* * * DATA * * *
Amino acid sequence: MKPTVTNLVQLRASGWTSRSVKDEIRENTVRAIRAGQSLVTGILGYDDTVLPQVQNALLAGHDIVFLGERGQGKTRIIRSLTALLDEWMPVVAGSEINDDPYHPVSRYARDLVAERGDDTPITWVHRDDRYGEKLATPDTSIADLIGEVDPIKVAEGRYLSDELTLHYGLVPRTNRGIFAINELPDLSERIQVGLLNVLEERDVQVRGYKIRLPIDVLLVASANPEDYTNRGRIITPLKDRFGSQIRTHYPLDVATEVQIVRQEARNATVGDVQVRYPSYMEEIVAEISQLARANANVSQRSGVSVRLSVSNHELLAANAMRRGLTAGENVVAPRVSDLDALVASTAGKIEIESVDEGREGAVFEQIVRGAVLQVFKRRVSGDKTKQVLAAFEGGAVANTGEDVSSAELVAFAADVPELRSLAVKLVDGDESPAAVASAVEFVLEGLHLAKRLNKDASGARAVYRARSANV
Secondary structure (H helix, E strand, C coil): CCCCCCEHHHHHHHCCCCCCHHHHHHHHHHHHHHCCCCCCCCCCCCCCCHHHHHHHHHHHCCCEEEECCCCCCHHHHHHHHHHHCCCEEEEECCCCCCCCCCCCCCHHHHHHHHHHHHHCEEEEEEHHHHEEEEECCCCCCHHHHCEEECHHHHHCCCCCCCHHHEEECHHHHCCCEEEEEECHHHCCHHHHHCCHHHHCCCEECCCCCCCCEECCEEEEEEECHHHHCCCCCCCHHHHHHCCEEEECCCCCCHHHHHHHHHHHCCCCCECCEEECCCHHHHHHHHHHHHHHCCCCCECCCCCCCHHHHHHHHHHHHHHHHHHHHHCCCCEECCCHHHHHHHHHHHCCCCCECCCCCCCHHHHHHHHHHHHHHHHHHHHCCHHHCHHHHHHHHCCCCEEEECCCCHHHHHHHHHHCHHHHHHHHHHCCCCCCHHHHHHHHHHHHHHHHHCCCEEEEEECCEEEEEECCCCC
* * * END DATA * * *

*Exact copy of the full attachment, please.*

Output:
Amino acid sequence: MKPTVTNLVQLRASGWTSRSVKDEIRENTVRAIRAGQSLVTGILGYDDTVLPQVQNALLAGHDIVFLGERGQGKTRIIRSLTALLDEWMPVVAGSEINDDPYHPVSRYARDLVAERGDDTPITWVHRDDRYGEKLATPDTSIADLIGEVDPIKVAEGRYLSDELTLHYGLVPRTNRGIFAINELPDLSERIQVGLLNVLEERDVQVRGYKIRLPIDVLLVASANPEDYTNRGRIITPLKDRFGSQIRTHYPLDVATEVQIVRQEARNATVGDVQVRYPSYMEEIVAEISQLARANANVSQRSGVSVRLSVSNHELLAANAMRRGLTAGENVVAPRVSDLDALVASTAGKIEIESVDEGREGAVFEQIVRGAVLQVFKRRVSGDKTKQVLAAFEGGAVANTGEDVSSAELVAFAADVPELRSLAVKLVDGDESPAAVASAVEFVLEGLHLAKRLNKDASGARAVYRARSANV
Secondary structure (H helix, E strand, C coil): CCCCCCEHHHHHHHCCCCCCHHHHHHHHHHHHHHCCCCCCCCCCCCCCCHHHHHHHHHHHCCCEEEECCCCCCHHHHHHHHHHHCCCEEEEECCCCCCCCCCCCCCHHHHHHHHHHHHHCEEEEEEHHHHEEEEECCCCCCHHHHCEEECHHHHHCCCCCCCHHHEEECHHHHCCCEEEEEECHHHCCHHHHHCCHHHHCCCEECCCCCCCCEECCEEEEEEECHHHHCCCCCCCHHHHHHCCEEEECCCCCCHHHHHHHHHHHCCCCCECCEEECCCHHHHHHHHHHHHHHCCCCCECCCCCCCHHHHHHHHHHHHHHHHHHHHHCCCCEECCCHHHHHHHHHHHCCCCCECCCCCCCHHHHHHHHHHHHHHHHHHHHCCHHHCHHHHHHHHCCCCEEEECCCCHHHHHHHHHHCHHHHHHHHHHCCCCCCHHHHHHHHHHHHHHHHHCCCEEEEEECCEEEEEECCCCC